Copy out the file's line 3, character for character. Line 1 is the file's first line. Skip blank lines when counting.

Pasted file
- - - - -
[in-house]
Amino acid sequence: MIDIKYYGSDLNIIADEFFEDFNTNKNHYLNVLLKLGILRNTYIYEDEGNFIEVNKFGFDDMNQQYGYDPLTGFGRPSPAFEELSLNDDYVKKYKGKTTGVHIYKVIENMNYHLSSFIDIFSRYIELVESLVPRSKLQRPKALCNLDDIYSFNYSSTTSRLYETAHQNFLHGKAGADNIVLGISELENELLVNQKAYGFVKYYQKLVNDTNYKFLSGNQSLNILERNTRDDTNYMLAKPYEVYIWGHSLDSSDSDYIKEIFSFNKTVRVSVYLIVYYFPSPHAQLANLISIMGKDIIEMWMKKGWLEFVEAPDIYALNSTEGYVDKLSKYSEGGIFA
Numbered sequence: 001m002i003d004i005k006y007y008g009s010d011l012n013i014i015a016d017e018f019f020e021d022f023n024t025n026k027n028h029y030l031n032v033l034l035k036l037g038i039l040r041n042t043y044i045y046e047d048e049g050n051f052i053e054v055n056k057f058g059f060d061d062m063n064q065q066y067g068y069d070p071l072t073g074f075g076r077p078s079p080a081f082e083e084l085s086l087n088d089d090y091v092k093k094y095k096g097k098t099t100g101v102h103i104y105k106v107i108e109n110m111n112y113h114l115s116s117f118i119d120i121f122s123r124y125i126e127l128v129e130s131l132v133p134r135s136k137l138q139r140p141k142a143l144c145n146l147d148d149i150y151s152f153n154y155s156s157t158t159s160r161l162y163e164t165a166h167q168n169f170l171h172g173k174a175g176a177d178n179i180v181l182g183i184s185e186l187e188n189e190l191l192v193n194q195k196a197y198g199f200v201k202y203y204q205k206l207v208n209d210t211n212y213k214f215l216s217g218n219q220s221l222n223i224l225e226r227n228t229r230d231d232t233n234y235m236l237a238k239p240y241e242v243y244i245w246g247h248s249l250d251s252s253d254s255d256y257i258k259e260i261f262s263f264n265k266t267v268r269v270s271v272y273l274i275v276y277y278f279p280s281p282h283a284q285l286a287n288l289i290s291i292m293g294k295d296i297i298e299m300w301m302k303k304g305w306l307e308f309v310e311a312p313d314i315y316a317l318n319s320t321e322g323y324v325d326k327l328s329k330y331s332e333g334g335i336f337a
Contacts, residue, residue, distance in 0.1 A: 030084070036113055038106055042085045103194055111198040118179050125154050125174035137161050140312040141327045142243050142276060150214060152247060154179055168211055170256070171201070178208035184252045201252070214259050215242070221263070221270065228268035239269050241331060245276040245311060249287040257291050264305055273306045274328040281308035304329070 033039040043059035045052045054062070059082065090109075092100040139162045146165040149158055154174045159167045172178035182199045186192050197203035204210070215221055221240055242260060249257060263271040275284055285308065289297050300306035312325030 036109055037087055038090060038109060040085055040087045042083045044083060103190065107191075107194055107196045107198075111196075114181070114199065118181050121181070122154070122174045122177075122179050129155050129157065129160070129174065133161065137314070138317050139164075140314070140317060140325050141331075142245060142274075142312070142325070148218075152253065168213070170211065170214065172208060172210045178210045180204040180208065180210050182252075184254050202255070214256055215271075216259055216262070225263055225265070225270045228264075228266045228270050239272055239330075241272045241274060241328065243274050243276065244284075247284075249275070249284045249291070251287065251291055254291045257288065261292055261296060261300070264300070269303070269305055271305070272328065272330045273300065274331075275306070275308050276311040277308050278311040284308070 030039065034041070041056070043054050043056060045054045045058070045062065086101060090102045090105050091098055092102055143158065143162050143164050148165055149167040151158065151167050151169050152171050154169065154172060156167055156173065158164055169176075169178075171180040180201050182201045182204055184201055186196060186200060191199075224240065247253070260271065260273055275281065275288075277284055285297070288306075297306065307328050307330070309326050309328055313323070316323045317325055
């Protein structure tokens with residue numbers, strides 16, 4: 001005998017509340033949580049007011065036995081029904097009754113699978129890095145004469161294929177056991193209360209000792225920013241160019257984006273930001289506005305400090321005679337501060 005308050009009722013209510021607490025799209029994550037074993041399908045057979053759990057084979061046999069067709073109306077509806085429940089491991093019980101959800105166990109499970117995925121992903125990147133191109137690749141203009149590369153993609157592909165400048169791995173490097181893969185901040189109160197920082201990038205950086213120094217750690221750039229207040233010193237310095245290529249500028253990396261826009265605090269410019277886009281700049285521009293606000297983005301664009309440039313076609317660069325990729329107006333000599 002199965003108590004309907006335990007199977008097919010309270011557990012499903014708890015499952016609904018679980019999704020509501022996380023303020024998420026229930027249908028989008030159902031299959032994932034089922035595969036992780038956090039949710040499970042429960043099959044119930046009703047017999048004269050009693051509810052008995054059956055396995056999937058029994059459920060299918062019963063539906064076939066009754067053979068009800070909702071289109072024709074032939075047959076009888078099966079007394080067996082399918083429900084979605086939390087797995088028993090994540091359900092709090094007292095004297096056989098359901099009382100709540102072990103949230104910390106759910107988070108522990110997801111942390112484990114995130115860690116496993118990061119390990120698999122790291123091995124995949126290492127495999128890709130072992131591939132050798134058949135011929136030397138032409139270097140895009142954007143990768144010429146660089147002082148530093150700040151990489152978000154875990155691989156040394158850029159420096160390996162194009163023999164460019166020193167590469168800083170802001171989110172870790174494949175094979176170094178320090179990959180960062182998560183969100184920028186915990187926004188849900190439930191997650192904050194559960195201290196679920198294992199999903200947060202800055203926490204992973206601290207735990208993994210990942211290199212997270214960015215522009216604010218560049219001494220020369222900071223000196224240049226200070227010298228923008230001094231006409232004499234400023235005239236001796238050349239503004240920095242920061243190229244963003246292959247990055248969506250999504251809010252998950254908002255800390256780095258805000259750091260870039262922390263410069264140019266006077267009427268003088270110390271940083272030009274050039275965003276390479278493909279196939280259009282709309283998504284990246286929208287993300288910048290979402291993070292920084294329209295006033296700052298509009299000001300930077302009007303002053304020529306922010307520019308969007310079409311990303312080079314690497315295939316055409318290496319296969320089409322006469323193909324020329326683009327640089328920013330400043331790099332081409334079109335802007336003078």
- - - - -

Numbered sequence: 001m002i003d004i005k006y007y008g009s010d011l012n013i014i015a016d017e018f019f020e021d022f023n024t025n026k027n028h029y030l031n032v033l034l035k036l037g038i039l040r041n042t043y044i045y046e047d048e049g050n051f052i053e054v055n056k057f058g059f060d061d062m063n064q065q066y067g068y069d070p071l072t073g074f075g076r077p078s079p080a081f082e083e084l085s086l087n088d089d090y091v092k093k094y095k096g097k098t099t100g101v102h103i104y105k106v107i108e109n110m111n112y113h114l115s116s117f118i119d120i121f122s123r124y125i126e127l128v129e130s131l132v133p134r135s136k137l138q139r140p141k142a143l144c145n146l147d148d149i150y151s152f153n154y155s156s157t158t159s160r161l162y163e164t165a166h167q168n169f170l171h172g173k174a175g176a177d178n179i180v181l182g183i184s185e186l187e188n189e190l191l192v193n194q195k196a197y198g199f200v201k202y203y204q205k206l207v208n209d210t211n212y213k214f215l216s217g218n219q220s221l222n223i224l225e226r227n228t229r230d231d232t233n234y235m236l237a238k239p240y241e242v243y244i245w246g247h248s249l250d251s252s253d254s255d256y257i258k259e260i261f262s263f264n265k266t267v268r269v270s271v272y273l274i275v276y277y278f279p280s281p282h283a284q285l286a287n288l289i290s291i292m293g294k295d296i297i298e299m300w301m302k303k304g305w306l307e308f309v310e311a312p313d314i315y316a317l318n319s320t321e322g323y324v325d326k327l328s329k330y331s332e333g334g335i336f337a